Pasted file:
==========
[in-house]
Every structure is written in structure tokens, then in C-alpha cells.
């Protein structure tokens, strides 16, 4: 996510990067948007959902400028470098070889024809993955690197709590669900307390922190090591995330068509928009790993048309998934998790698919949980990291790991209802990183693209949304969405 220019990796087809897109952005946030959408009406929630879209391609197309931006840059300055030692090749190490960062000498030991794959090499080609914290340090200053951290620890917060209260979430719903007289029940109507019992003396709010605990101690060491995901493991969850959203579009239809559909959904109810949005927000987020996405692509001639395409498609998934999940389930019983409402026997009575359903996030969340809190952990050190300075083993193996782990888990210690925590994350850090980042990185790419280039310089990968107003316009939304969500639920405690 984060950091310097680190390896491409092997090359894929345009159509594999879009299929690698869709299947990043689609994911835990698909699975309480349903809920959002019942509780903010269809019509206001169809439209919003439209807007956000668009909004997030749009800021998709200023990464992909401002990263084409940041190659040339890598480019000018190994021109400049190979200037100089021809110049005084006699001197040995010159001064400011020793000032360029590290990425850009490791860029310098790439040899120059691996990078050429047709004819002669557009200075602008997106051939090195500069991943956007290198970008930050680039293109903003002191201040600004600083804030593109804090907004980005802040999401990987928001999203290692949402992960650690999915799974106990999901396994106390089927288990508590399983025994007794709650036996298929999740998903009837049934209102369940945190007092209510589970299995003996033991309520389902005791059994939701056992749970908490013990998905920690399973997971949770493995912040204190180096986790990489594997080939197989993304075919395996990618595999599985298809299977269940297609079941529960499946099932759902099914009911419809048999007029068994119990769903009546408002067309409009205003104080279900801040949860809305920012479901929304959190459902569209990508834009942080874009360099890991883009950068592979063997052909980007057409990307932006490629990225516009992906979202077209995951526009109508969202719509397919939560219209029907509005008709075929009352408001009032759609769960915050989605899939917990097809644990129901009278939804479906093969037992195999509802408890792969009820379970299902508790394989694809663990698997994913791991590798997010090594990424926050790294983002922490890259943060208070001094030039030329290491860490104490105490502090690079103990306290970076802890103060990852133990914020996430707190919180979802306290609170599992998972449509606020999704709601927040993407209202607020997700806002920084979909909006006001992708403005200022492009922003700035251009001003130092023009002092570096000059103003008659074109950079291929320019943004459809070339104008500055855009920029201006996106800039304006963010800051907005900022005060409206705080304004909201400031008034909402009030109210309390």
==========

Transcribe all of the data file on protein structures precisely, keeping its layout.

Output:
[in-house]
Every structure is written in structure tokens, then in C-alpha cells.
């Protein structure tokens, strides 16, 4: 996510990067948007959902400028470098070889024809993955690197709590669900307390922190090591995330068509928009790993048309998934998790698919949980990291790991209802990183693209949304969405 220019990796087809897109952005946030959408009406929630879209391609197309931006840059300055030692090749190490960062000498030991794959090499080609914290340090200053951290620890917060209260979430719903007289029940109507019992003396709010605990101690060491995901493991969850959203579009239809559909959904109810949005927000987020996405692509001639395409498609998934999940389930019983409402026997009575359903996030969340809190952990050190300075083993193996782990888990210690925590994350850090980042990185790419280039310089990968107003316009939304969500639920405690 984060950091310097680190390896491409092997090359894929345009159509594999879009299929690698869709299947990043689609994911835990698909699975309480349903809920959002019942509780903010269809019509206001169809439209919003439209807007956000668009909004997030749009800021998709200023990464992909401002990263084409940041190659040339890598480019000018190994021109400049190979200037100089021809110049005084006699001197040995010159001064400011020793000032360029590290990425850009490791860029310098790439040899120059691996990078050429047709004819002669557009200075602008997106051939090195500069991943956007290198970008930050680039293109903003002191201040600004600083804030593109804090907004980005802040999401990987928001999203290692949402992960650690999915799974106990999901396994106390089927288990508590399983025994007794709650036996298929999740998903009837049934209102369940945190007092209510589970299995003996033991309520389902005791059994939701056992749970908490013990998905920690399973997971949770493995912040204190180096986790990489594997080939197989993304075919395996990618595999599985298809299977269940297609079941529960499946099932759902099914009911419809048999007029068994119990769903009546408002067309409009205003104080279900801040949860809305920012479901929304959190459902569209990508834009942080874009360099890991883009950068592979063997052909980007057409990307932006490629990225516009992906979202077209995951526009109508969202719509397919939560219209029907509005008709075929009352408001009032759609769960915050989605899939917990097809644990129901009278939804479906093969037992195999509802408890792969009820379970299902508790394989694809663990698997994913791991590798997010090594990424926050790294983002922490890259943060208070001094030039030329290491860490104490105490502090690079103990306290970076802890103060990852133990914020996430707190919180979802306290609170599992998972449509606020999704709601927040993407209202607020997700806002920084979909909006006001992708403005200022492009922003700035251009001003130092023009002092570096000059103003008659074109950079291929320019943004459809070339104008500055855009920029201006996106800039304006963010800051907005900022005060409206705080304004909201400031008034909402009030109210309390």